Fig. 0(b) illustrates the cross-distorsion performance of both DA and ST. In this particular example, we trained with thumbnail rescaling and evaluated performance on JPEG compression. This setting resembles real-world applications where the model might encounter distorsion types unseen during training. As training and test distortion do not have many characteristics in common, we do not expect to see noticeable performance improvements via either method. Importantly, however, we can observe, that DA can severely harm the model’s robustness against distortion types that were not present during training. Even the best possible model trained via data augmentation performed with a deficit of nearly 10% compared to baseline. ST, on the other hand, did not show any worsening impact. This example should not convey the impression that ST cannot acquire robustness from cross-category distorsions. In fact, for any test distorsion in the noise category, ST performs best using Gaussian noise as training distorsion, while DA always favors coinciding training and test distorsions.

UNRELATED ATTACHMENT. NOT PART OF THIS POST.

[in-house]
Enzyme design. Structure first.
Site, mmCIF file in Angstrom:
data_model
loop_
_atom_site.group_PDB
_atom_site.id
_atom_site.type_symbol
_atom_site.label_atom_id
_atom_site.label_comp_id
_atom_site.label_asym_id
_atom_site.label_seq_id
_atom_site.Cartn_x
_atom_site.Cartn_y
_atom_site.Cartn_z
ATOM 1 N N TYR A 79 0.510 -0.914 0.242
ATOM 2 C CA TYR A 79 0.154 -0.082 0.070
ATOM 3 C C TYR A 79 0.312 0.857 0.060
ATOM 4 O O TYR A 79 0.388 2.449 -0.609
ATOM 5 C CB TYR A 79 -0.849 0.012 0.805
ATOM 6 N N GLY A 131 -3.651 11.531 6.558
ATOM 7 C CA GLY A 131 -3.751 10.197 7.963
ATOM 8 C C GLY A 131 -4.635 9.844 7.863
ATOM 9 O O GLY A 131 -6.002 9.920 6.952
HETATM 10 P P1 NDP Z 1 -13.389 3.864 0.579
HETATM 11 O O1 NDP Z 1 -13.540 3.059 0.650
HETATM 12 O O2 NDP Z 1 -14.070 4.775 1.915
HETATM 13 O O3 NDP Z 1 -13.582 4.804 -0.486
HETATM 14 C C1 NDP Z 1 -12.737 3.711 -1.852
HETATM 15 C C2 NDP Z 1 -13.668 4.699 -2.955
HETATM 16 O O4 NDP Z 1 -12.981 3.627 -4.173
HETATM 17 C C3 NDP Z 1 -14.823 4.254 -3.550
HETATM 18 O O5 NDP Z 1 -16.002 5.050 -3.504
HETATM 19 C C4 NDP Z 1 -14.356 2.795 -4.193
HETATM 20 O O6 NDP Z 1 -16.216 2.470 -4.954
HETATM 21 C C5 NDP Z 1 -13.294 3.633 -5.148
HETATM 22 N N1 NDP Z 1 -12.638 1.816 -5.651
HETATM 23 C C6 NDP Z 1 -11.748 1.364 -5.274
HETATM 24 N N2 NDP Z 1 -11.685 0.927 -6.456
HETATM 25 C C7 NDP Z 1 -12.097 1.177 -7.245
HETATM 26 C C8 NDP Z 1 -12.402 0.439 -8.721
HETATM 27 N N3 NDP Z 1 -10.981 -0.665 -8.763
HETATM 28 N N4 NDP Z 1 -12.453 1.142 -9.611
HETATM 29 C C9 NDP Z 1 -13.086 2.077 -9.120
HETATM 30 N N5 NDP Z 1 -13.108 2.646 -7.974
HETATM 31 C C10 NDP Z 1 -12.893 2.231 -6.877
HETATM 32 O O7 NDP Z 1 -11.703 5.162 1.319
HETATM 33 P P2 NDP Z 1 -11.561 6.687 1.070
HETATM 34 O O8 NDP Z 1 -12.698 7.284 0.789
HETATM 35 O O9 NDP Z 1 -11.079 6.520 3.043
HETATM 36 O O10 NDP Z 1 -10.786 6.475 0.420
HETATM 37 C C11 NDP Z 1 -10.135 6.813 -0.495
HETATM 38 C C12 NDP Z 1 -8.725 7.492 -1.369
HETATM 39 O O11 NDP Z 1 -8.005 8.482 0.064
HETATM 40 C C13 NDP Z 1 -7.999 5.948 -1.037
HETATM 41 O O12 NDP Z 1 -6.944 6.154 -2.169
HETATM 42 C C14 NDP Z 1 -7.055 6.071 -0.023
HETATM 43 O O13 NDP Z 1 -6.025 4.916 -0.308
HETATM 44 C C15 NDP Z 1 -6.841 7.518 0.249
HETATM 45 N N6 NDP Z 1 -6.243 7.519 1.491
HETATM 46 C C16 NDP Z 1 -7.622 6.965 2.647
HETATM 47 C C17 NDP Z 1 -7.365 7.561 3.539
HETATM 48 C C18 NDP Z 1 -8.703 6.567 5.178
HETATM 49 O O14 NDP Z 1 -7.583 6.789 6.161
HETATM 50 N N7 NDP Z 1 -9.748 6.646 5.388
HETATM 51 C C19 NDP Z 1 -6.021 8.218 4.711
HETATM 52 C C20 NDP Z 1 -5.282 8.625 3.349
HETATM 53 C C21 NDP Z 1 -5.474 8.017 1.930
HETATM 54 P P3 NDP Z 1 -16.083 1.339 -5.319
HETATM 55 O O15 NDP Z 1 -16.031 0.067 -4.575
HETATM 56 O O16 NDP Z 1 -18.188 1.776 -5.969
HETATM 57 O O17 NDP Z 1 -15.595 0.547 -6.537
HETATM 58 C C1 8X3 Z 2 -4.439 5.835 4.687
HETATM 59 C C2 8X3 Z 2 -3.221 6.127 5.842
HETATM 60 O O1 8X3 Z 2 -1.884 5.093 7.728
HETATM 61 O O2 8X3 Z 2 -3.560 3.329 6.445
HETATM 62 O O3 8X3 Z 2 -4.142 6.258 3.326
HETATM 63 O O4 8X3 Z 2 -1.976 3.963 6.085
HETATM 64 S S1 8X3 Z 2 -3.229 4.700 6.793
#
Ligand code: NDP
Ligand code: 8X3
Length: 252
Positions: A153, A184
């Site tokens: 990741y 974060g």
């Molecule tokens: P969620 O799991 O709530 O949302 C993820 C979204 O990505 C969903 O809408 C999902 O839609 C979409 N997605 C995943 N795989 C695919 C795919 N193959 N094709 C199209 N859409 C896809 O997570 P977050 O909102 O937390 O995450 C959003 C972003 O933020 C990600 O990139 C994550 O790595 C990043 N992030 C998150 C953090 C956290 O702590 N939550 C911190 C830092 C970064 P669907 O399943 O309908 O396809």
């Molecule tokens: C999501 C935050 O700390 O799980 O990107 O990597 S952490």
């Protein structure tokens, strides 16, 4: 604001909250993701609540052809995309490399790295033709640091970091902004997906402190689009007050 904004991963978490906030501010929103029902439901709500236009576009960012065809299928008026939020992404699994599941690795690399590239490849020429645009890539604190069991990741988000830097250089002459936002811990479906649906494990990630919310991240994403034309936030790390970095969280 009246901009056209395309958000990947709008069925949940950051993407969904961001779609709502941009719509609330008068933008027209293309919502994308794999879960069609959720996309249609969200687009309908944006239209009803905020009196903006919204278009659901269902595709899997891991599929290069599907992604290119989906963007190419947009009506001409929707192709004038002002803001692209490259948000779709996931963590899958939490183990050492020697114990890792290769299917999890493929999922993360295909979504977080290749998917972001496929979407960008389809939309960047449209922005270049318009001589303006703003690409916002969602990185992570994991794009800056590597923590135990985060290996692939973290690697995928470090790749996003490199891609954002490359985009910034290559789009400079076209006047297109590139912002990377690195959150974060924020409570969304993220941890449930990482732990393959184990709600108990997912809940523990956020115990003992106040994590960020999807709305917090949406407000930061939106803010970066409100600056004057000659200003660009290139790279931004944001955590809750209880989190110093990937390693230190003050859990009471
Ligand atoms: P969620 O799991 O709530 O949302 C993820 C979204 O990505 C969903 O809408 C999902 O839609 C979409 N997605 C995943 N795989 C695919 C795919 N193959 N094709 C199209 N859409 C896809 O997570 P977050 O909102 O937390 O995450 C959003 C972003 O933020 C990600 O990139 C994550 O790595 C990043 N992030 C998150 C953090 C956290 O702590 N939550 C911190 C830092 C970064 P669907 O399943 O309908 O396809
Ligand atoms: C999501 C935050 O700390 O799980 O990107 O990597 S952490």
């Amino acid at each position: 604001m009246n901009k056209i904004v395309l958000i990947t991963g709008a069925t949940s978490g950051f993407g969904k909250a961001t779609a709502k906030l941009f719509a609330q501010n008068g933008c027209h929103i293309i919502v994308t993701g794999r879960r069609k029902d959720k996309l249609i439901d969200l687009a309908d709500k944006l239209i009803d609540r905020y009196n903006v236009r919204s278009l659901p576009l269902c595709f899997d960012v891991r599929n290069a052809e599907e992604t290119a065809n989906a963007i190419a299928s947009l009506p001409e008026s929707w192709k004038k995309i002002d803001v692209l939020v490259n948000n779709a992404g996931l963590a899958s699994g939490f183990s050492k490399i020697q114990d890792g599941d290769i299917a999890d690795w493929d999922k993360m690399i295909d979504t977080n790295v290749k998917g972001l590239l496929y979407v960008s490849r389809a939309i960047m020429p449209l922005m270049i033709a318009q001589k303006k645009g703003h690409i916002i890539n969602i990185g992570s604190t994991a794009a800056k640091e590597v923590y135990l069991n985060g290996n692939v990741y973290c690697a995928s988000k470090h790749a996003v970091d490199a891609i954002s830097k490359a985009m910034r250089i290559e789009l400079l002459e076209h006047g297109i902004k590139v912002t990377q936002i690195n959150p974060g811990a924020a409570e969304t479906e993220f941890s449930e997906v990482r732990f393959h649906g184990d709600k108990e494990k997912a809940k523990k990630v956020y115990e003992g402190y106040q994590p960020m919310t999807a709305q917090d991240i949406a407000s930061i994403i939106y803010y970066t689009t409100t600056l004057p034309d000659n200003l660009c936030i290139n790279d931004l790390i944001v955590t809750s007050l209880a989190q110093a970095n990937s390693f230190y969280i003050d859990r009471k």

We also investigate the prospects of using ST to increase adversarial robustness. To this end, we dynamically generate adversarial examples via FGSM and feed them as the perturbed image via either ST, DA or adversarial training (AT) with [8], where the latter corresponds to the optimization objective

(7)